Then there is the other crucial issue of the scarce resource of water, upon which the decentralised, ecological forms of agriculture, promoted by the revolutionary authorities and pursued by cooperative ventures accountable to the communes, necessarily depend. Hoffman and Matin (2021) are again perspicacious in making mention of the fact that “under the specific conditions of Northern Syria, this also includes water infrastructure built by the Syrian Arab Republic, which, in turn, is dependent on the upstream control of the Euphrates River by Turkey.” A serious vulnerability, to say the least. And one which has been significantly exacerbated “due to the actions of Turkey and its proxies following their military occupation of border areas in 2019,” a point to which Nick Hildyard (2021) has recently sought to draw attention. To be specific, Hildyard has lamented how “[s]ince…Turkish-backed militia seized control of the Allouk water station, located near the town of Ras al-Ain (Serekaniye), supplies of water to North East Syria have been repeatedly interrupted by the Turkish authorities.” This on top of the fact that, as Hildyard goes on to emphasize, “[b]ecause of dam-building and irrigation schemes in Turkey, the downstream flow of the [Euphrates] river has been reduced by 40–45 per cent since the early 1970s, with Turkey deliberately using its storage capacity to exert pressure on its riverine neighbours, particularly in times of conflict.”
As such, it turns out that the autonomy to pursue ecologically-sustainable forms of agriculture comes up against two serious geo-political obstacles, both related to the implacable hostility of Turkey: the first, associated with the region’s almost inevitable insertion into the global fossil-fuel based economy; and the second, associated with the region’s particular vulnerability and dependency in accessing water. In sum, the relative abundance of one resource, oil, and the relative scarcity of another, water, would both seem to inextricably tie the fate of the revolutionary experiment in Rojava to the broader geopolitical context and dynamics in which it is inevitably embroiled.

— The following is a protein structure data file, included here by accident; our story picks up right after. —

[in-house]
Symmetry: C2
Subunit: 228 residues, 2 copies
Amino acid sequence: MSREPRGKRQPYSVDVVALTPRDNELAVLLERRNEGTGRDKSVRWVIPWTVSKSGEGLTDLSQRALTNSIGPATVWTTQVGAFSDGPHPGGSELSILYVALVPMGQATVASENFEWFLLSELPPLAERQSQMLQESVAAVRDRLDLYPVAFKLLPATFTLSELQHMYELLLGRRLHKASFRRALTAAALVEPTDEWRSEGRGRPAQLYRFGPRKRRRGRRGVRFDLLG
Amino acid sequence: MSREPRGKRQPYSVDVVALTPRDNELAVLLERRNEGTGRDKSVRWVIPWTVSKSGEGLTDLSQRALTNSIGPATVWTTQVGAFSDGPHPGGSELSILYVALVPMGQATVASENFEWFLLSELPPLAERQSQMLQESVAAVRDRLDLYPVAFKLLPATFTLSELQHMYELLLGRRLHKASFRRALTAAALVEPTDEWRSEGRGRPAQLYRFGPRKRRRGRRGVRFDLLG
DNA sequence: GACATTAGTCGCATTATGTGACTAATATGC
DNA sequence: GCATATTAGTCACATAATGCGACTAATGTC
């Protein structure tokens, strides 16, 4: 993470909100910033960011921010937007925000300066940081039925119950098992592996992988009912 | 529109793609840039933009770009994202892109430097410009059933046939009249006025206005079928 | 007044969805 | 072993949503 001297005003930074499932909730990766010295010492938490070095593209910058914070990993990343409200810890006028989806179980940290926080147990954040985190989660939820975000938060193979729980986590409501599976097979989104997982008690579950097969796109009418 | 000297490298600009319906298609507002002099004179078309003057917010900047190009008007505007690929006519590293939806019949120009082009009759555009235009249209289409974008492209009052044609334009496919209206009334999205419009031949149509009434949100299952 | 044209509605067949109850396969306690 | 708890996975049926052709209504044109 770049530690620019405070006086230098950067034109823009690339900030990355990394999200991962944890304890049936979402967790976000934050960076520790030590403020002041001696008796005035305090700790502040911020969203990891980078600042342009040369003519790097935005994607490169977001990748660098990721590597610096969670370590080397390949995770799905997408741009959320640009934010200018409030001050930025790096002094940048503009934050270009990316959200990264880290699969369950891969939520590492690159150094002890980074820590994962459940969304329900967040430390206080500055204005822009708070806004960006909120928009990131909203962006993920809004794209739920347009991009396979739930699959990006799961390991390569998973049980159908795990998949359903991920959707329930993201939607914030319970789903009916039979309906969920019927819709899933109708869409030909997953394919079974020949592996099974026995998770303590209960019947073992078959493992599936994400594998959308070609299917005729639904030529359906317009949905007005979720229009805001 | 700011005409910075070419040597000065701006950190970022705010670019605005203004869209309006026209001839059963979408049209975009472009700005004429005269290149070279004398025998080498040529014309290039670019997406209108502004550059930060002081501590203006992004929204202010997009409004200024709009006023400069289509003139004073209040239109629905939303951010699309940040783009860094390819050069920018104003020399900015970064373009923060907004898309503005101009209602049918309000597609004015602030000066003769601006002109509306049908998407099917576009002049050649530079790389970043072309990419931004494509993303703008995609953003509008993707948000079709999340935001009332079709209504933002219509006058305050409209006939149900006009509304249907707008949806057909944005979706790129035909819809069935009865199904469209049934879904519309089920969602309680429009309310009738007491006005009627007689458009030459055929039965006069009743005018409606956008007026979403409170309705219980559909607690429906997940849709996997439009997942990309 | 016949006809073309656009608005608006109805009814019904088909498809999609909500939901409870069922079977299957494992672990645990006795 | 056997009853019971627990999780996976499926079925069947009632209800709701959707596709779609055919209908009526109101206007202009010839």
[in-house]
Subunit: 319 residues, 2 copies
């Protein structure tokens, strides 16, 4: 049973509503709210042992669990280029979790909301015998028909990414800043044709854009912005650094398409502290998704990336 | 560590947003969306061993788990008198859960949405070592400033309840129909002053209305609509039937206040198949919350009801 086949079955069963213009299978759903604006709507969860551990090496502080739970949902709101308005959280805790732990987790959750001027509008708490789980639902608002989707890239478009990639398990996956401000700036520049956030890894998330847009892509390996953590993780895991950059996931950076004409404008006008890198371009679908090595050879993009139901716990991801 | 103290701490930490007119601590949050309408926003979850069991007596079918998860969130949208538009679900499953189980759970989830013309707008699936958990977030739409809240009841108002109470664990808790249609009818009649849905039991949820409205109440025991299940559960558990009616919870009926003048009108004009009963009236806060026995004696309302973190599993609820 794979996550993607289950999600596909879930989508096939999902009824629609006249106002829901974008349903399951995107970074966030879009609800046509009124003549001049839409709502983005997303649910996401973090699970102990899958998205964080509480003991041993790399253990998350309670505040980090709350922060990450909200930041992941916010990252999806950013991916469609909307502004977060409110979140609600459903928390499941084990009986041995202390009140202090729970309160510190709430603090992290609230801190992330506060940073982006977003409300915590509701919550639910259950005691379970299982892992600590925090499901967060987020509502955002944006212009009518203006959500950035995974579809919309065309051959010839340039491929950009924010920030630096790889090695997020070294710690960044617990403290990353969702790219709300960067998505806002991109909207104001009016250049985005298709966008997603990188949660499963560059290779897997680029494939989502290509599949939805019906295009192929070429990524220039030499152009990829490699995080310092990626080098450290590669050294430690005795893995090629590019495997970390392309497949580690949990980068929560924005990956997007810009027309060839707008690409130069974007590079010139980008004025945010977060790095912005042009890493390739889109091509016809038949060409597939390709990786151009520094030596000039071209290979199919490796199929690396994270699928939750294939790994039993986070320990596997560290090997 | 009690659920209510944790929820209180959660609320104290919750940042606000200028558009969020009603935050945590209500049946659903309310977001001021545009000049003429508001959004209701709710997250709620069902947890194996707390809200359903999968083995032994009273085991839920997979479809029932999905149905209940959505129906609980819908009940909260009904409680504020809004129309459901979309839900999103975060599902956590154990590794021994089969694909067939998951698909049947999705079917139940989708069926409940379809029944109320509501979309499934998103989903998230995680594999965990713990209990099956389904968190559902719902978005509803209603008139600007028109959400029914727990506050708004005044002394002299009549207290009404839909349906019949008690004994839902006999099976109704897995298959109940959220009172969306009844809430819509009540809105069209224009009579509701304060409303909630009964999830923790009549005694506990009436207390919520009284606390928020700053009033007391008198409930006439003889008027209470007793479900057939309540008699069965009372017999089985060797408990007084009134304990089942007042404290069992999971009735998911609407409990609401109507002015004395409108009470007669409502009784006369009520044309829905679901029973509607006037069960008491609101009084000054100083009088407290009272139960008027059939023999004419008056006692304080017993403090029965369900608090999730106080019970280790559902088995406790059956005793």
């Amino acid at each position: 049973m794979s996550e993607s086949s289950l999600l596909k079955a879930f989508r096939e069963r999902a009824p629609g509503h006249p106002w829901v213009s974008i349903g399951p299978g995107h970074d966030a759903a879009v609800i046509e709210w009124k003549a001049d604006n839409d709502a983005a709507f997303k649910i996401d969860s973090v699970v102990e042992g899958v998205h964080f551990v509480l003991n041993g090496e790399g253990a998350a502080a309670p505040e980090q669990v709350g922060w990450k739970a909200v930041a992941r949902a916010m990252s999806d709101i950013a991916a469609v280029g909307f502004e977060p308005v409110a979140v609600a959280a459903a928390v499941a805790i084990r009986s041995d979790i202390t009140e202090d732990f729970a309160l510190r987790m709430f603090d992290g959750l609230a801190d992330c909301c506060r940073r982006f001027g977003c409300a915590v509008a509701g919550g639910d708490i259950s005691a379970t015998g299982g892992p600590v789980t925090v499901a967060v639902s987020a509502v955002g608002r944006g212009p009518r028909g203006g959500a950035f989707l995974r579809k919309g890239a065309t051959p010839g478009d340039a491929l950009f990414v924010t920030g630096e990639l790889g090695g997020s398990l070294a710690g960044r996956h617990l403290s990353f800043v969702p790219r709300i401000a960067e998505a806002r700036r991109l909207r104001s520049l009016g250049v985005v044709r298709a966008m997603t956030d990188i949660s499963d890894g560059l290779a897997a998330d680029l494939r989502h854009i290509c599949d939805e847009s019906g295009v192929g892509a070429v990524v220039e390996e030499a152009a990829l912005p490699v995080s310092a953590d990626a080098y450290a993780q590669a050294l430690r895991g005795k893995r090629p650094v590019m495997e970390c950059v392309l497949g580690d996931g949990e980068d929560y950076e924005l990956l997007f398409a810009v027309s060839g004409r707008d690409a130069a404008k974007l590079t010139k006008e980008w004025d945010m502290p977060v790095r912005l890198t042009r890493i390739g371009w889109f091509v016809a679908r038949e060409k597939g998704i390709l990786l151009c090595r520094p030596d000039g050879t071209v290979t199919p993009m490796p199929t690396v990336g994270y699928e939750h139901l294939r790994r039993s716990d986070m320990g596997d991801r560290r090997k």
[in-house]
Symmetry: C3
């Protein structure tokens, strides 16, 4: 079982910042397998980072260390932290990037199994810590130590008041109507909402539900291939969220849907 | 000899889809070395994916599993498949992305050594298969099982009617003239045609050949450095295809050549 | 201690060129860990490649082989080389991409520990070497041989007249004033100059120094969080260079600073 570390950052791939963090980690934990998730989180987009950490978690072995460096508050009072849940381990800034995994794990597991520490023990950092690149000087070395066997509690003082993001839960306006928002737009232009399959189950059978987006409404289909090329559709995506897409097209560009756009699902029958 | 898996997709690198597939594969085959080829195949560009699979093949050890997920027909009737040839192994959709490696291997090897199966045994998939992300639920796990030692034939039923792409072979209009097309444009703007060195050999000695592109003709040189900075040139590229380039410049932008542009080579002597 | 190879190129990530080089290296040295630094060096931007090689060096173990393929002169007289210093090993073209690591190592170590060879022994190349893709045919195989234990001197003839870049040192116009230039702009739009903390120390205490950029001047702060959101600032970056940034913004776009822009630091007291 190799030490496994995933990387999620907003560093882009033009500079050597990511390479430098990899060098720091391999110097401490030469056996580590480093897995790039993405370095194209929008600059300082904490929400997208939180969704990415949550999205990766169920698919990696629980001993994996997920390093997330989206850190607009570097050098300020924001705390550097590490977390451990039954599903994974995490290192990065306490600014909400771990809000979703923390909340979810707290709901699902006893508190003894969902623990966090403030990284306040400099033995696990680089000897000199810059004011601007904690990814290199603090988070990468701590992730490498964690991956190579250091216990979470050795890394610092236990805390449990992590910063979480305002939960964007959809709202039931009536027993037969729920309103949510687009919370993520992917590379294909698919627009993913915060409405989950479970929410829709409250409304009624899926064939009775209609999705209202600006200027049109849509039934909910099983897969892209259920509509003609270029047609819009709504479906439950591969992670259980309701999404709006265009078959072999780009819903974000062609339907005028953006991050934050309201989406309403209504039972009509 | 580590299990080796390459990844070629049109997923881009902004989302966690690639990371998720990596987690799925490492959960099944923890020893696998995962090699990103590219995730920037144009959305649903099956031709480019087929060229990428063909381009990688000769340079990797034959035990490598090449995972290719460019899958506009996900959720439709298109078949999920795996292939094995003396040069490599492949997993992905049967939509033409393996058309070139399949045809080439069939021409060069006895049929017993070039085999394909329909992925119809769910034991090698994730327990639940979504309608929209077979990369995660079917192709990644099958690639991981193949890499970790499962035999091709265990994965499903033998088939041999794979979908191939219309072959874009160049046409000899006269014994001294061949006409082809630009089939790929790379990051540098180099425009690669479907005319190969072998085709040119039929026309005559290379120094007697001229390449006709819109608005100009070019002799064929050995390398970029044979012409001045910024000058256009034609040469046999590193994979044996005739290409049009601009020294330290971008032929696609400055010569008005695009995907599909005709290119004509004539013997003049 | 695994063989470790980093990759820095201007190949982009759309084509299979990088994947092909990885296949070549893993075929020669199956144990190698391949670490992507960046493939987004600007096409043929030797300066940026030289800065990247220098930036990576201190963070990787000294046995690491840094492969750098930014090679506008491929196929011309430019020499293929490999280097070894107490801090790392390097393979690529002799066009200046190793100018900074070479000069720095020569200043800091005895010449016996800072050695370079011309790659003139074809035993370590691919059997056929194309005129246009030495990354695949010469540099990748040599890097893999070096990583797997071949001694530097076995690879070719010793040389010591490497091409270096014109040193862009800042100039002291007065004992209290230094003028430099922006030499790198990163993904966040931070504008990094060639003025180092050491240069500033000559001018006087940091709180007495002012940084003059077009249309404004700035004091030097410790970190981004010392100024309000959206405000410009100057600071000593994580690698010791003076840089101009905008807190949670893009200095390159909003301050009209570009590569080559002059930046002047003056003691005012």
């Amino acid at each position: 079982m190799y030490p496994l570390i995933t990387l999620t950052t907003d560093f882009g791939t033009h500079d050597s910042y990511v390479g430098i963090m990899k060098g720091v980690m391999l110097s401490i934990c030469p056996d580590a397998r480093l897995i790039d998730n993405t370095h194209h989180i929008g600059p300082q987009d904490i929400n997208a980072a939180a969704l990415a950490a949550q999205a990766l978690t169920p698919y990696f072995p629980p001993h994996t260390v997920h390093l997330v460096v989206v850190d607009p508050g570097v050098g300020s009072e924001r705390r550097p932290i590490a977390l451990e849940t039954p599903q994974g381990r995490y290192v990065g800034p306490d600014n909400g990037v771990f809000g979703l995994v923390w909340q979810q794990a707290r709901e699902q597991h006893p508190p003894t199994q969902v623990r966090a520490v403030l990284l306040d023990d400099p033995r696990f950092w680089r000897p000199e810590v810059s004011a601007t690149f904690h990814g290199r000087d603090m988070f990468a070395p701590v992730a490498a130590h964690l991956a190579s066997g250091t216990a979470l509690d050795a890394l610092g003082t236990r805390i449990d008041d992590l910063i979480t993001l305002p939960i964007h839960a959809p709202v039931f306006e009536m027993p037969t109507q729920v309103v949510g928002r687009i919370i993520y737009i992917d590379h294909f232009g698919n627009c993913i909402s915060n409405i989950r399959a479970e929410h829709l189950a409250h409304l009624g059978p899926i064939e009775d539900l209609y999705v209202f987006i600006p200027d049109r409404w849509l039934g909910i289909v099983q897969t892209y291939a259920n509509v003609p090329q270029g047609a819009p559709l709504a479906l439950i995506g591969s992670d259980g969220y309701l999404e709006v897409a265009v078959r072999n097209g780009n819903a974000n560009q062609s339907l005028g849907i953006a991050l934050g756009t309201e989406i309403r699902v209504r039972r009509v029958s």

And again, in our interviews with people in Rojava close to the movement, we came across very harsh, indeed sobering, assessments of the limits to the ecological initiatives undertaken by the revolutionary forces there. In this vein, one of the founding members of the Greentree Initiative, Ziwar Şêxo, would offer the following criticism: “On the ecological level, self-administration has remained only a theory. They only have talked about ecology, which is one aspect of the project, in a propagandistic way. However, in practice, the Commission of Ecology is tied to the municipality, which put their efforts on service matters, like cleaning rubbish, paving streets, etc. So the Ecology Office in the municipality is just a form without function. That also applies to the Ecology Administrative Board in Jazira, which is also very weak. Since 2020, many people severely criticized them… As far as I know, there are no economic projects based on ecological measures” (Interview, November 8, 2021).